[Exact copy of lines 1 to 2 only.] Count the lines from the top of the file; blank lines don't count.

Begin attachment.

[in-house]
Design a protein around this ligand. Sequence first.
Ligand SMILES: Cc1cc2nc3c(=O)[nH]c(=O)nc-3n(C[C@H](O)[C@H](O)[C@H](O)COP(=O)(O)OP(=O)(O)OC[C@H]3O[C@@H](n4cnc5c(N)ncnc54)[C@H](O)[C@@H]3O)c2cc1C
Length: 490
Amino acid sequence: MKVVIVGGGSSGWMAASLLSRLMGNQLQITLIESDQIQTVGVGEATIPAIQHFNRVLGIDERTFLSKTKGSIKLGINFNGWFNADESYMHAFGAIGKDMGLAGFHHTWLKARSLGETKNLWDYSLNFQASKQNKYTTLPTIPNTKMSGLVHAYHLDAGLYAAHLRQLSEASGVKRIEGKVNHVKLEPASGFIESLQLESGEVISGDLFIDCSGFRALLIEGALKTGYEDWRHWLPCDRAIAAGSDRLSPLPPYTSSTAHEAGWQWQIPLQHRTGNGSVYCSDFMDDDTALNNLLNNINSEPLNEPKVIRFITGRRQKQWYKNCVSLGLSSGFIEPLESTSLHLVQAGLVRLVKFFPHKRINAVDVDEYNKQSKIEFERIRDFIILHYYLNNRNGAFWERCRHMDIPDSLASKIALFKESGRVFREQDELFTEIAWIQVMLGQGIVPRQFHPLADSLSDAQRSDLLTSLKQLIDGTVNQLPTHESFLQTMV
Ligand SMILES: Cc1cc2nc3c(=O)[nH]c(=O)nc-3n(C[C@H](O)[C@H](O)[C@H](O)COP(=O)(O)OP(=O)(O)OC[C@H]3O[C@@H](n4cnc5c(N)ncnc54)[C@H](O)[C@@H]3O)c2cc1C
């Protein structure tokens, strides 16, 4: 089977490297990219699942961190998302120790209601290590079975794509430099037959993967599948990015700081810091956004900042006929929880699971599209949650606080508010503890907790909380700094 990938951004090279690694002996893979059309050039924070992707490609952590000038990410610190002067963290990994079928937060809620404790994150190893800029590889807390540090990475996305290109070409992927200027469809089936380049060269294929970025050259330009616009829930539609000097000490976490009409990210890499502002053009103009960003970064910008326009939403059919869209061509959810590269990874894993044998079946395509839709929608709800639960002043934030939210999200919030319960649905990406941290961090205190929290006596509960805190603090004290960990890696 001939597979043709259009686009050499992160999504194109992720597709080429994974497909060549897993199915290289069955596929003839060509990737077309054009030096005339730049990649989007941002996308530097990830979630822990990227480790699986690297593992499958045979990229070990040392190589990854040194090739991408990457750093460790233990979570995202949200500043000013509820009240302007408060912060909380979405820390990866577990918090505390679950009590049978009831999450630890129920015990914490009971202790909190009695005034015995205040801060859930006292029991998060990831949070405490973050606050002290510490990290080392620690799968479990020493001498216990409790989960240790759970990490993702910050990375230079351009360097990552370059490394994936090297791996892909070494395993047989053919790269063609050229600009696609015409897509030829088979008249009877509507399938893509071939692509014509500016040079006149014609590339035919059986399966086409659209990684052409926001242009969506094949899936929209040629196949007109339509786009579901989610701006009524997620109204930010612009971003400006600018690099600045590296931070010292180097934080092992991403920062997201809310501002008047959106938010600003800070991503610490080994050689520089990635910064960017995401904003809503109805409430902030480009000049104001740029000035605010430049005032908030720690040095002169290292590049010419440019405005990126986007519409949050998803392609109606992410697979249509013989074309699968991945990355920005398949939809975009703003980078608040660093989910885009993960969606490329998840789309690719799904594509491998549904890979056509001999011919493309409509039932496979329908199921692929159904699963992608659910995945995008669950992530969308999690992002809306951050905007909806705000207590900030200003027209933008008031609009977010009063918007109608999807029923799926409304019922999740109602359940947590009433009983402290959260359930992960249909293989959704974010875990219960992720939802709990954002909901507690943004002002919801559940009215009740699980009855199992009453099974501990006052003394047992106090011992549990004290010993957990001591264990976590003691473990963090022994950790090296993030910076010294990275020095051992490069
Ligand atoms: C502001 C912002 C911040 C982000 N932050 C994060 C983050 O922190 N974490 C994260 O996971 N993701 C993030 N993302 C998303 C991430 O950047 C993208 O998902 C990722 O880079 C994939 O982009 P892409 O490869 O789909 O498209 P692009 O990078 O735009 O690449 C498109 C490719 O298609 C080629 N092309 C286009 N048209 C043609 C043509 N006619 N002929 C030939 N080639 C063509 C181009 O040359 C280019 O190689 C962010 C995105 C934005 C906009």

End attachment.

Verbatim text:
[in-house]
Design a protein around this ligand. Sequence first.